I recently finished reading Peter Zeihan’s recent book The End of the World is Just the Beginning: Mapping the Collapse of Globalization, and I certainly found it thought-provoking. Mr. Zeihan is a senf-described Green, a “small-d” democrat, but primarily a researcher and geopolitical analyst, specializing in demographics – and regardless of Zeihan’s political leanings, demographics don’t lie. I recommend everyone read this work, and think on the conclusions presented therein. Selected excerpts, with my comments, follow.
Modern petrochemicals are responsible for the bulk of what we today consider “normal,” comprising the majority of the inputs in food packaging, medical equipment, detergents, coolants, footwear, tires, adhesives, sports equipment, luggage, diapers, paints, inks, chewing gum, lubricants, insulation, fertilizers, pesticides, and herbicides, and the second-largest component of material inputs in paper, pharmaceuticals, clothes, furniture, construction, glass, consumer electronics, automotive, home appliances, and furnishings. Oil-derived transport fuels do constitute the majority of oil use – nearly three-fifths, to be specific – but petrochemicals account for a full one-fifth. That’s about as much as the Persian Gulf exports in a typical year.
Peter Zeihan may describe himself as a “Green,” but he is not blind to the role petrochemicals pay in our modern society. And it is the end of our modern society that he writes of; he is predicting a major demographic crisis, one that will bring the existing global order to an end to be replaced by something… else.
But there’s a bright spot in Peter Zeihan’s reckoning. Sort of. The United States. Yep, us – with our 31 trillion in unfunded debt, with an entire generation (mine, the Baby Boomers) about to retire en masse, with our own dysfunctional government, with a deep state run amok – we are the bright spot.
So, yes, American Boomers aging into mass retirement will break the bank. But between their smaller relative size as compared to global norms and their offspring’s increasing contribution to the government’s bottom line, their financial hammer blows are nothing compared to the meteor swarm of challenges that will utterly destroy the governing systems of countries as diverse as China, Korea, Japan, Thailand, Brazil, Germany, Italy, Poland, Russia and Iran. Meanwhile, American Millennials’ very existence means the United States will at least in part recover from its financial crunch in the 2030s, and probably its labor crunch in the 2040s. But for the rest of the world, it will never get better than it was in the 2010s. Never.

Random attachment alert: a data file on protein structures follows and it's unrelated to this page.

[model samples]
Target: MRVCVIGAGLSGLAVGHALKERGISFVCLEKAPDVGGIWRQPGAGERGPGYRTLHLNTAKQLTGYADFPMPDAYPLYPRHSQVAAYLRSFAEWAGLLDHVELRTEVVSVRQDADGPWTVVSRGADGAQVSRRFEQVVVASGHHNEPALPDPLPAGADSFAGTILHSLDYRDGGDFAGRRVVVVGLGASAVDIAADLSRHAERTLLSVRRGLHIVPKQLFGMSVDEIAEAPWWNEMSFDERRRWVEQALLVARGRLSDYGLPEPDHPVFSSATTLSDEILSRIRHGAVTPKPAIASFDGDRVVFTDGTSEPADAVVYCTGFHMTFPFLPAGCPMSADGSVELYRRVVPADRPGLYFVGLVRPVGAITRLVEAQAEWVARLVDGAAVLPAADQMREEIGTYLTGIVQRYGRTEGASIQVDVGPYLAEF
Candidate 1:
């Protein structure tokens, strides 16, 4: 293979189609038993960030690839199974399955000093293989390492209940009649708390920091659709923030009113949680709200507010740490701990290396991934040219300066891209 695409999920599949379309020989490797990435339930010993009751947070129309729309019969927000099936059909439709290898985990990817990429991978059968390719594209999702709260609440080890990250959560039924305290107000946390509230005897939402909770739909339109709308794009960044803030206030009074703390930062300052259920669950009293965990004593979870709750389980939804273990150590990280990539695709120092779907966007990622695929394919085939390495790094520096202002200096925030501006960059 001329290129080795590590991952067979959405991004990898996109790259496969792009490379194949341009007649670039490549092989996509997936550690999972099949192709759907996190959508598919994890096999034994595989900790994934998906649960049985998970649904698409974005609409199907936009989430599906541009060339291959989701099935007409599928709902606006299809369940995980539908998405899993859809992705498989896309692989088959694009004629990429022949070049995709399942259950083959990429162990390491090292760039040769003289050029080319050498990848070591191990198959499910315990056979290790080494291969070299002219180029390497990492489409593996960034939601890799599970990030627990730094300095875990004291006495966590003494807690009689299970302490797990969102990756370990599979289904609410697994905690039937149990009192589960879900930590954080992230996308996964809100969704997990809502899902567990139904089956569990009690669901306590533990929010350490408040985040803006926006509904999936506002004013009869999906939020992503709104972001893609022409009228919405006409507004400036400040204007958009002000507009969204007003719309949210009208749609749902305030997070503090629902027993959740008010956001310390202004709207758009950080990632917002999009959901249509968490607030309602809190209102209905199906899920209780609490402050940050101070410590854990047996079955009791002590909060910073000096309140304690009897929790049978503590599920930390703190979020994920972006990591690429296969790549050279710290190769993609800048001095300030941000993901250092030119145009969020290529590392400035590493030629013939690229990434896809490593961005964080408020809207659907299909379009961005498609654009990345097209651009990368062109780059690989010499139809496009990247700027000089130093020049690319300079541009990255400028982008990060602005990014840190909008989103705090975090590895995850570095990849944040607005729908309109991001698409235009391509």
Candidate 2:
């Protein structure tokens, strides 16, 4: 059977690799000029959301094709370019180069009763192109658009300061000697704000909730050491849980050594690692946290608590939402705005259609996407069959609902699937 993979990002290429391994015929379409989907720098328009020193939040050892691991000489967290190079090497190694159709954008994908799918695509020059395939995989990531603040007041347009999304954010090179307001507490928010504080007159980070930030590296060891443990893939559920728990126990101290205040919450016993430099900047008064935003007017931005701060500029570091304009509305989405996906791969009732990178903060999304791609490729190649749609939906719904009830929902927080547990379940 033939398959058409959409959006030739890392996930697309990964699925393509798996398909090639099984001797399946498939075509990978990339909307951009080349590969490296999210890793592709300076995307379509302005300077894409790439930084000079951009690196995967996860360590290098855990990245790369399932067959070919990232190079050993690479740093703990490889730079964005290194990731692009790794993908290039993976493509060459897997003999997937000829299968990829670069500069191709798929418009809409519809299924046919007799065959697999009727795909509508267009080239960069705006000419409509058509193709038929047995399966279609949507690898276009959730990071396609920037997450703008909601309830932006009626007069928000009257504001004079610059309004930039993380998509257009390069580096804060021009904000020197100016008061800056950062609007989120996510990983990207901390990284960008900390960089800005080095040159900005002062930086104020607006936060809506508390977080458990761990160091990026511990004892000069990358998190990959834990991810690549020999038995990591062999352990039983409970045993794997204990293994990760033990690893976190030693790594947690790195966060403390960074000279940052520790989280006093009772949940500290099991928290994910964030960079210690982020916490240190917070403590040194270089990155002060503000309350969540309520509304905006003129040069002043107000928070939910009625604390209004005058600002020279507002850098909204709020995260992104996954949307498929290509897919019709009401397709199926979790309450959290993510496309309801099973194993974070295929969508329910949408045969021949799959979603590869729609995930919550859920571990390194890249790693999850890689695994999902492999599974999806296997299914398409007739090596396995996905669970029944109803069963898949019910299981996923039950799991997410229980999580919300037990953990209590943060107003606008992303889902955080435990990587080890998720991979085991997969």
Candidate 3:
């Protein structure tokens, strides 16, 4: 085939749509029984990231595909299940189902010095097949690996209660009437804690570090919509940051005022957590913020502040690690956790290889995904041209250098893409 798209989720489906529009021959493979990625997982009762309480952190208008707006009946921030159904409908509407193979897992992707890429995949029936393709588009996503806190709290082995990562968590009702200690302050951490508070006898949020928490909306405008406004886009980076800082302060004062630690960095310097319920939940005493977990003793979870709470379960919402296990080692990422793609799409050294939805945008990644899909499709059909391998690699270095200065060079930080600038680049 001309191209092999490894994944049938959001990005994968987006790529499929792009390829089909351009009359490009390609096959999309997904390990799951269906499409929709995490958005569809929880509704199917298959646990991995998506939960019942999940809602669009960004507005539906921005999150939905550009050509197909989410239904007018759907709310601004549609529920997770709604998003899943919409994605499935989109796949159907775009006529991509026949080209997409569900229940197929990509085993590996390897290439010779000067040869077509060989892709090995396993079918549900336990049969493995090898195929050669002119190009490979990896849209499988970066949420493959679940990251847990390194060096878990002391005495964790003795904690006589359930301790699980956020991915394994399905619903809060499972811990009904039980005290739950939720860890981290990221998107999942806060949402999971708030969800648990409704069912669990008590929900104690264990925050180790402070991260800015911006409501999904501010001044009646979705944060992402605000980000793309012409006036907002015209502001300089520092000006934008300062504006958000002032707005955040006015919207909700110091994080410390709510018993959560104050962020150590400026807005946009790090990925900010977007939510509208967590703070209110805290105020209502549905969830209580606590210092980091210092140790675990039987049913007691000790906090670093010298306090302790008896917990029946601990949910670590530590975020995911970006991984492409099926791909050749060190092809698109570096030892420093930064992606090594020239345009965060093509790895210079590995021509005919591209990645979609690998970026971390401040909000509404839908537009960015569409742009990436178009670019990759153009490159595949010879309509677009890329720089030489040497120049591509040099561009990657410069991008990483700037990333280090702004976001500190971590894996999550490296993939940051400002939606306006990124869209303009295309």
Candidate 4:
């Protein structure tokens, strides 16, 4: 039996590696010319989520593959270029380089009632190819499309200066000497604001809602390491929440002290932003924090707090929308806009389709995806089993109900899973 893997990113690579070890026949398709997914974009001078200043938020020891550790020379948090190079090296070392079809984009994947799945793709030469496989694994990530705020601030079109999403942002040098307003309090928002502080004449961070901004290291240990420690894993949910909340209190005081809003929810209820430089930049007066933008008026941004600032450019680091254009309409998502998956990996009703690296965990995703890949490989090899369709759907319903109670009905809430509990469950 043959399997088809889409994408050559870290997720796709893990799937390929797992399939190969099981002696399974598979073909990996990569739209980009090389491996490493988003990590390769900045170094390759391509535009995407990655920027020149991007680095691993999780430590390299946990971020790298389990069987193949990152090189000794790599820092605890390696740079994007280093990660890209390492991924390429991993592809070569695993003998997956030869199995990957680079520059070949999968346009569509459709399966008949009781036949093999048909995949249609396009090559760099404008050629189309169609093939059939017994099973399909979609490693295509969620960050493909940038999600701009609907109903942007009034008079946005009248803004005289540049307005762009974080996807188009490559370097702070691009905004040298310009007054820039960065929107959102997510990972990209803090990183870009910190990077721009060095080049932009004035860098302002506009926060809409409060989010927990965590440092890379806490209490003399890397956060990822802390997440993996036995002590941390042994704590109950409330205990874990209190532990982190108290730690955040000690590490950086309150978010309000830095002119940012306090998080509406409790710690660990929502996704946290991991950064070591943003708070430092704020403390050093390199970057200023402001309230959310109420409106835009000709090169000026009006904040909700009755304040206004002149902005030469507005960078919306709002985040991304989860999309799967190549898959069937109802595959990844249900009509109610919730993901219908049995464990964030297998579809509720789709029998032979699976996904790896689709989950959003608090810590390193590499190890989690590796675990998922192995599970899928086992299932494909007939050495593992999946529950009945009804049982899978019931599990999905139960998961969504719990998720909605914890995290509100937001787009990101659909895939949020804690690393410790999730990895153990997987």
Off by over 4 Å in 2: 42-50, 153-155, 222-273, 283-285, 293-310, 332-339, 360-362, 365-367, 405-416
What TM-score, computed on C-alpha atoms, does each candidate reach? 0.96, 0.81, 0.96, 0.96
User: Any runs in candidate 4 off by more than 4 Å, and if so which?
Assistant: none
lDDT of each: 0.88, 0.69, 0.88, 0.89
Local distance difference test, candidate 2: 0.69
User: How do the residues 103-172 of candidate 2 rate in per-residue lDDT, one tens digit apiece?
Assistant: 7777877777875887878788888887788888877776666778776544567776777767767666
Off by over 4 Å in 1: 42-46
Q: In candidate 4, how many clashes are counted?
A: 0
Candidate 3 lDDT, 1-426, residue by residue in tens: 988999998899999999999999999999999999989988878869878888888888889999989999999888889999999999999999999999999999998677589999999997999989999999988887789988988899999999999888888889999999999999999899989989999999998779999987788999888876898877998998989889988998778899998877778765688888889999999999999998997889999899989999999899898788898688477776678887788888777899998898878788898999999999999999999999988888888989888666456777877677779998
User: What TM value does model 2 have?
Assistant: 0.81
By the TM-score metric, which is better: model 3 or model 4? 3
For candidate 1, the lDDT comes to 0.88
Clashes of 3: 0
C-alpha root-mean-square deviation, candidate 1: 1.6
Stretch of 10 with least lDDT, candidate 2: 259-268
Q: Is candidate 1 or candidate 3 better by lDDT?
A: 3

In Zeihan’s view – a view I share – much of the world is about to succumb to a demographic crisis. But in this book he lays out all the implications of that demographic crisis, including the global collapse of markets, of supply chains, of transports, of the entire world marketplace; in other words, the end of globalization. The US is well-placed, as our demographic crisis is not as severe as most of the developing and developed world, as well as vast territory and ample resources, many of which we have left untapped.
Zeihan also sees the end of the Pax Americana, a world in which the United States largely withdraws from enforcing the global peace. Consider the implications of that; the United States Navy currently maintains safe travels for all shipping in the world’s oceans. Withdrawal of that guarantee, and global shipping will greatly decrease, in the face of hostile nations and even piracy.
I’m not so sure about the latter. Both major political parties seem willing to keep shoveling billions of taxpayer dollars into Ukraine, unfairly invaded by the dying giant Russia but also one of the most deeply and fundamentally corrupt governments in Europe.
The air wings of those ships alone pack more striking power than all the air forces of the rest of the world combined.
Granted much of our military is a woke mess right now, but that can be fixed; that must be fixed.
The demographic problems, though, are headed our way. China, in the next fifty years, may cease to exist as a nation. Ditto Russia. And while Zeihan writes of the demise of Europe as a discrete set of cultures, he does not discuss what is likely to replace it; a Muslim caliphate, courtesy of the EU’s unchecked immigration policies and generous social welfare programs.
I recommend reading this book. You may not agree with all of Peter Zeihan’s conclusions; I don’t. But it’s worth reading, and thinking about, nonetheless.